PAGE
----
A. At the moment I don’t have specific writers I go back to— I did for a long time. Also, when I’m focusing on a bigger project like a novel, I tend to avoid all my favourites as they make me feel incredibly inferior. For the last few years, since moving back to Ireland, I’ve been trying to discover new writers and have been very lucky. Some of my favourite books lately have been, ‘Though The Bodies Fall’ (Noel O Regan), ‘Is Mother Dead’ (Vigdis Hjorth), ‘The Lost Daughter’ (Elana Ferrante), and ‘All Down Darkness Wide’ (Sean Hewitt) and my favourite short stories of late are anything by Alexander MacLeod, I Am Pizza Rat (Han Ong), every single short story Louise Kennedy has written, Stephen Brophy’s story ‘A Great Day For The Parish’. Some other brilliant short story writers who I look up to hugely are Lucy Caldwell, Donal Ryan, Wendy Erskine and Bernie McGill.
Q. The Irish literary scene is so exciting at the moment, with a plethora of amazing writers producing incredible work. Do you have any thoughts about why this might be? How does this encourage and support you?
A. Yes, it is so exciting. It’s so incredible to see the Irish literary scene continue to grow and I’m very proud to be a very small part of it. I think the reasons are varied but do come down to an incredibly generous arts council along with city and county councils that really do help artists in so many ways. Also, the literary journals. We have The Stinging Fly, Southword, The Dublin Review, Poetry Ireland Review, Banshee, Winter Papers, and then the newer journals that are really helping writers get their work out, Howl, The Pig’s Back. I’m incredibly proud to be one of four editors of The Four Faced Liar, now going into issue three. I think there is a huge desire for writers to give back and to help other writers. Since moving home I’ve been blown away by the support of other writers and their willingness to give their time and share their knowledge. The Munster literature centre has been a huge part in a lot of Irish writers’ careers, including mine. I was also lucky enough to receive the Paul McVeigh Residency in 2023, which is another amazing showcase of writers helping other writers. I think all this helps a writer feel part of a community and grow confidence in their work, and of course, improve their writing. It really is a beautiful thing to see.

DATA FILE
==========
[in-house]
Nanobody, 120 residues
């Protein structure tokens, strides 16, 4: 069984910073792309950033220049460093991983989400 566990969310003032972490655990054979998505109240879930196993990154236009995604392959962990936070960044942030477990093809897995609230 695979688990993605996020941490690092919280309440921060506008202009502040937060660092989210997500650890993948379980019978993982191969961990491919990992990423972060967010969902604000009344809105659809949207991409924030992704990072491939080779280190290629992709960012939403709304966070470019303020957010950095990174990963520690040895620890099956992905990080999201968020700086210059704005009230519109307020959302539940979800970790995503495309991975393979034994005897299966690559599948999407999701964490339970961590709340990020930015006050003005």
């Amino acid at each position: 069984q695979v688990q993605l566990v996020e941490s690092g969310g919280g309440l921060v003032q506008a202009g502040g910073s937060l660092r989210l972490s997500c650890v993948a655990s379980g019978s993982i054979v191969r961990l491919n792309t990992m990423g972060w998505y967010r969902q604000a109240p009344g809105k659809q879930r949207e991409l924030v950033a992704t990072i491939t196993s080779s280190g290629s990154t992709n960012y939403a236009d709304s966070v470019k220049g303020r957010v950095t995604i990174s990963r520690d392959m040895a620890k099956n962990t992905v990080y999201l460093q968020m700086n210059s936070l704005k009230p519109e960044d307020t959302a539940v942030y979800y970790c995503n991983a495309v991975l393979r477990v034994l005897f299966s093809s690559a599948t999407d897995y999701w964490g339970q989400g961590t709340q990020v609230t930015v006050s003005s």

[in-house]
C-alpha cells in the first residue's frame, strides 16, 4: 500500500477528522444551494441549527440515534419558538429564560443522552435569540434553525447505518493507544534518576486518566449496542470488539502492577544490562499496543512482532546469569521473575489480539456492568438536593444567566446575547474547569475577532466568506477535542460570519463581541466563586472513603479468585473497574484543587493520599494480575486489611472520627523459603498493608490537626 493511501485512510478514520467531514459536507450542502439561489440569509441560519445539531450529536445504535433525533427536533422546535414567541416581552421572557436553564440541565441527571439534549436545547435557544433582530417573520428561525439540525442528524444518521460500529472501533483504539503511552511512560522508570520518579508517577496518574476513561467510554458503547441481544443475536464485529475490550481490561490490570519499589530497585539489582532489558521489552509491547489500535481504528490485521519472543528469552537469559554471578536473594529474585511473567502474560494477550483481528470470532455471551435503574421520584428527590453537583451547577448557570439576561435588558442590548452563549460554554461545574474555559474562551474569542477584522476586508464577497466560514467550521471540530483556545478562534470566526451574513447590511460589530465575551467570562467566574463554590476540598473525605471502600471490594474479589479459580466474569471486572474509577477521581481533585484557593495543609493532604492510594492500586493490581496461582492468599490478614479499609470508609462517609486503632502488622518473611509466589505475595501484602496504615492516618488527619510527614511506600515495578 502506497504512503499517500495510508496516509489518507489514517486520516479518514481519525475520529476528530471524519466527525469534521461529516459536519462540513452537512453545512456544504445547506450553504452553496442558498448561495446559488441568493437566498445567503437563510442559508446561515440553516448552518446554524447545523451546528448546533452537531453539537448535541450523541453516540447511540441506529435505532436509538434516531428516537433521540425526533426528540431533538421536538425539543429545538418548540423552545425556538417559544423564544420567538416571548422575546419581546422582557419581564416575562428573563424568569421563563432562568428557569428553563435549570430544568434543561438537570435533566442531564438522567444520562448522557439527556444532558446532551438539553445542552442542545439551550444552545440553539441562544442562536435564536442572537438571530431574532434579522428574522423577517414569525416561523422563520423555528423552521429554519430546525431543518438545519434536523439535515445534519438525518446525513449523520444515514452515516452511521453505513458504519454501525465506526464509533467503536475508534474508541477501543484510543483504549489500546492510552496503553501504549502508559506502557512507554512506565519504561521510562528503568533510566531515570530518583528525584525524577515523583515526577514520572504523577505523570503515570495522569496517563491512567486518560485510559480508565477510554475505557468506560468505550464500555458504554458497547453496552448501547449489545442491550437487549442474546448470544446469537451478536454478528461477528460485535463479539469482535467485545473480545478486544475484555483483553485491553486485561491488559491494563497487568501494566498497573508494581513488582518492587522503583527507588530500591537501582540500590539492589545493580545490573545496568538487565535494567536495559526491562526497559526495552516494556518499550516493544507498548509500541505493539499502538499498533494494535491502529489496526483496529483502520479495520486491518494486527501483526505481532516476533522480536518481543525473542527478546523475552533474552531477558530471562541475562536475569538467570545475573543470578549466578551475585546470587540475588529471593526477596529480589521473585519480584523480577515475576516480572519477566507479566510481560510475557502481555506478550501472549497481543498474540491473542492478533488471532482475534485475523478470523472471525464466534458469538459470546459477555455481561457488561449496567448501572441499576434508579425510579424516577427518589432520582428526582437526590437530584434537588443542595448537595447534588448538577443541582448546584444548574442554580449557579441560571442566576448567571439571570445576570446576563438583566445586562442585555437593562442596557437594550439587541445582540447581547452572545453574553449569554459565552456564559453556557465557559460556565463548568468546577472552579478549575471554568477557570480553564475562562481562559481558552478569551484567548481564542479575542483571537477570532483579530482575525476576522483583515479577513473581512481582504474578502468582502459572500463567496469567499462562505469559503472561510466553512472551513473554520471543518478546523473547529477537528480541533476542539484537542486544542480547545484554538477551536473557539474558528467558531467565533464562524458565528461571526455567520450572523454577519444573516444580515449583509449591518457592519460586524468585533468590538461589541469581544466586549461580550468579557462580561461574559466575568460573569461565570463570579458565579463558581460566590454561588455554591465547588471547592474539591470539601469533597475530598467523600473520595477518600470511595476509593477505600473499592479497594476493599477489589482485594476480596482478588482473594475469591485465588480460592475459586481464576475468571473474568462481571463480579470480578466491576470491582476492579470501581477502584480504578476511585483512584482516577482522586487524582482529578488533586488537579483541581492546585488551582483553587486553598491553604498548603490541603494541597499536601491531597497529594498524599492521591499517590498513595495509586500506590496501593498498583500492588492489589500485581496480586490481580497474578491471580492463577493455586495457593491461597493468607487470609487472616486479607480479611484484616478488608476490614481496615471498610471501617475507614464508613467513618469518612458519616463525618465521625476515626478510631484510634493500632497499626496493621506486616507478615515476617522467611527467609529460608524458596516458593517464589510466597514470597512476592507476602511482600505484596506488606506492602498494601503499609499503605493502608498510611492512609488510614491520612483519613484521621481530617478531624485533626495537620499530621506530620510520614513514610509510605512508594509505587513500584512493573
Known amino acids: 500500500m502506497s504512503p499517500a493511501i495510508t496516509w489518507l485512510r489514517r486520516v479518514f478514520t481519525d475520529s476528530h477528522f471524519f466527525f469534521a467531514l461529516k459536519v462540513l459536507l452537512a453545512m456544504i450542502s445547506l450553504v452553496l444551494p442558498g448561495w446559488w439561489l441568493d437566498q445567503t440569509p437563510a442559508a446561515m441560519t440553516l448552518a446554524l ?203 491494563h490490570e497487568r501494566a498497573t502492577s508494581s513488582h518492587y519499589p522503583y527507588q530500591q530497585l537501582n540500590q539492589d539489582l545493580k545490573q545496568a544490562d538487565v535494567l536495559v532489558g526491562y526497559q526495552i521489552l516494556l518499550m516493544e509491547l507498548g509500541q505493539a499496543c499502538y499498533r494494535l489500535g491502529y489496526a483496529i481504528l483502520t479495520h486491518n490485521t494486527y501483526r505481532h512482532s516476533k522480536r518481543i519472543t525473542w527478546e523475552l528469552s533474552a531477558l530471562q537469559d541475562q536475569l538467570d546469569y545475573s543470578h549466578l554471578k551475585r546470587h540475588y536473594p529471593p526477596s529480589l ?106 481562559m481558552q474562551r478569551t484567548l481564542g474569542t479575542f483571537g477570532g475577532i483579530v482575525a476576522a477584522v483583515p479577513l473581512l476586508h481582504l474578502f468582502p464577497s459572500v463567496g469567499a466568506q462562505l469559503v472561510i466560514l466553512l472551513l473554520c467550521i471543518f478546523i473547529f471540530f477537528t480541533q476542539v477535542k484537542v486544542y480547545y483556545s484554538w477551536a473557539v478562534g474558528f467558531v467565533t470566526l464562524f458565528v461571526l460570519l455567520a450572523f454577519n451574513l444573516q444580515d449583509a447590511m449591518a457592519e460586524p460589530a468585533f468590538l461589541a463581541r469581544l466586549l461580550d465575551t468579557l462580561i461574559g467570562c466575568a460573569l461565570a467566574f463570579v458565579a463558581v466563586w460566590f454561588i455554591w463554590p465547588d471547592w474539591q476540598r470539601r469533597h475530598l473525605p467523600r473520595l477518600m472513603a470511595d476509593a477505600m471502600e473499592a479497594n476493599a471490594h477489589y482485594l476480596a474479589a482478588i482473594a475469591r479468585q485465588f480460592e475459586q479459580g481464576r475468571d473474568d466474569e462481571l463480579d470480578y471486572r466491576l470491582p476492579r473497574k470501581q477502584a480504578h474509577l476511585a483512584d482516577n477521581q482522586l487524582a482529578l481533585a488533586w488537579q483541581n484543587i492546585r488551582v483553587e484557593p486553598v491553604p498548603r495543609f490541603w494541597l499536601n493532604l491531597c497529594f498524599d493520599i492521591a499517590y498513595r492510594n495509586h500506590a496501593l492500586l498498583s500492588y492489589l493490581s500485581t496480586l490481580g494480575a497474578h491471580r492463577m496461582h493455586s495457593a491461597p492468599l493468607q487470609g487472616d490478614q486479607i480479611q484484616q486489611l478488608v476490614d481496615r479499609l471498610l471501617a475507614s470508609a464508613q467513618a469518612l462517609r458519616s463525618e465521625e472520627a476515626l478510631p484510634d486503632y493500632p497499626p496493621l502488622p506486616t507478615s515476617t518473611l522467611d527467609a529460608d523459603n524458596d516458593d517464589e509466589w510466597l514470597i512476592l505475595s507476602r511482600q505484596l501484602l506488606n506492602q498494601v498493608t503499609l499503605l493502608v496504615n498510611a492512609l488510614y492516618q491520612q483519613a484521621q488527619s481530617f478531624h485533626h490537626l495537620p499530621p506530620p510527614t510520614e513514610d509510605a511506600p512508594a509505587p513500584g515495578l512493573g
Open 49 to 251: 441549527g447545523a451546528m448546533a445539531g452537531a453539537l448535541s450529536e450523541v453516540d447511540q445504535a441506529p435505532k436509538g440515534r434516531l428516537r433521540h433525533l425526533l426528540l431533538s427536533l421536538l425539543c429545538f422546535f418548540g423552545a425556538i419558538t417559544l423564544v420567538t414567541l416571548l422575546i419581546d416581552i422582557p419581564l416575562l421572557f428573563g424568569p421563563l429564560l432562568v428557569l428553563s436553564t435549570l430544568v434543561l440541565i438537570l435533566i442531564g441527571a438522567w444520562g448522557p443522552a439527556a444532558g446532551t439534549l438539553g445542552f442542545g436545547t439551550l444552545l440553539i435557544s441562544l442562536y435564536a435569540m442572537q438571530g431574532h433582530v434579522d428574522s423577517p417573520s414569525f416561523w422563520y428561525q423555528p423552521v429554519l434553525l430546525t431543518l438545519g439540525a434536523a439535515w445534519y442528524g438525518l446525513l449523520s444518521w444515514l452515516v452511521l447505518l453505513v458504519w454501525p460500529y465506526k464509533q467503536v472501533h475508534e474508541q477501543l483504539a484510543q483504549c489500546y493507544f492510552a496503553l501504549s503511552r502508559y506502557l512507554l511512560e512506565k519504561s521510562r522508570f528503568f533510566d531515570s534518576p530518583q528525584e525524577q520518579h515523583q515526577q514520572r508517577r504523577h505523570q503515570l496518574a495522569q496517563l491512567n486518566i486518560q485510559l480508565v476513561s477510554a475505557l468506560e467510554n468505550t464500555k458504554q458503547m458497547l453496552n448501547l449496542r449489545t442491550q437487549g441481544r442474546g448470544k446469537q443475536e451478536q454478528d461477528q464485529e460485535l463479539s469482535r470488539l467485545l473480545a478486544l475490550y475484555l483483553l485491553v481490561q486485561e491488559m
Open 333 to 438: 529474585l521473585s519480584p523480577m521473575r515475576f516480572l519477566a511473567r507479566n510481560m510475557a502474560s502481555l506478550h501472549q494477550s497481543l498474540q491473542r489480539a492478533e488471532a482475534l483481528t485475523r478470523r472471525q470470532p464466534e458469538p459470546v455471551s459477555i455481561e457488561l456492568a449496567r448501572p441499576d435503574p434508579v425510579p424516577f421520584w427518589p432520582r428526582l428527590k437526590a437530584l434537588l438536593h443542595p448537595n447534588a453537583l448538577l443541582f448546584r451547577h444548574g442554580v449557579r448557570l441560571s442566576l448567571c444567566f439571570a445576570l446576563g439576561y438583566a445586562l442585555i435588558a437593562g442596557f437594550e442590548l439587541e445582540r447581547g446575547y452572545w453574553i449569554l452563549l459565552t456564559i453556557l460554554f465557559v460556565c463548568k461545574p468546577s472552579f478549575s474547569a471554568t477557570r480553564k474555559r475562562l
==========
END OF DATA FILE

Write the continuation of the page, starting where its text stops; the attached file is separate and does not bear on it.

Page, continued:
Q. Could you say anything about the value of entering a competition such as ours?
A. I’ve been entering it for a long time and have been lucky to be shortlisted in the past. I think by entering writers are showing faith in their work, which in itself is a huge step. Also, I think by reading the anthologies with the winning entries a lot can be learnt in terms of craft and language and can help improve future submissions— I know it did mine. It’s important too for writers to not lose faith in the story but to be open to reworking it and maybe giving it space. I often feel when I finish a story I rush to try to send it out, this is because it excites me, I have created something and I want people to see, but most of the time it needs space, it needs work. Patience is important and it’s something I’m learning.
Q. Finally, any words of advice for writers thinking about sending us a story?
A. Yes, send it to yourself as if entering it into the competition. Then download that document and find all those mistakes and turns of phrase that could be improved. It’s always when we press send we find the mistakes.
Thanks so much Patrick, such thought provoking answers. I’m definitely going to use that last tip myself!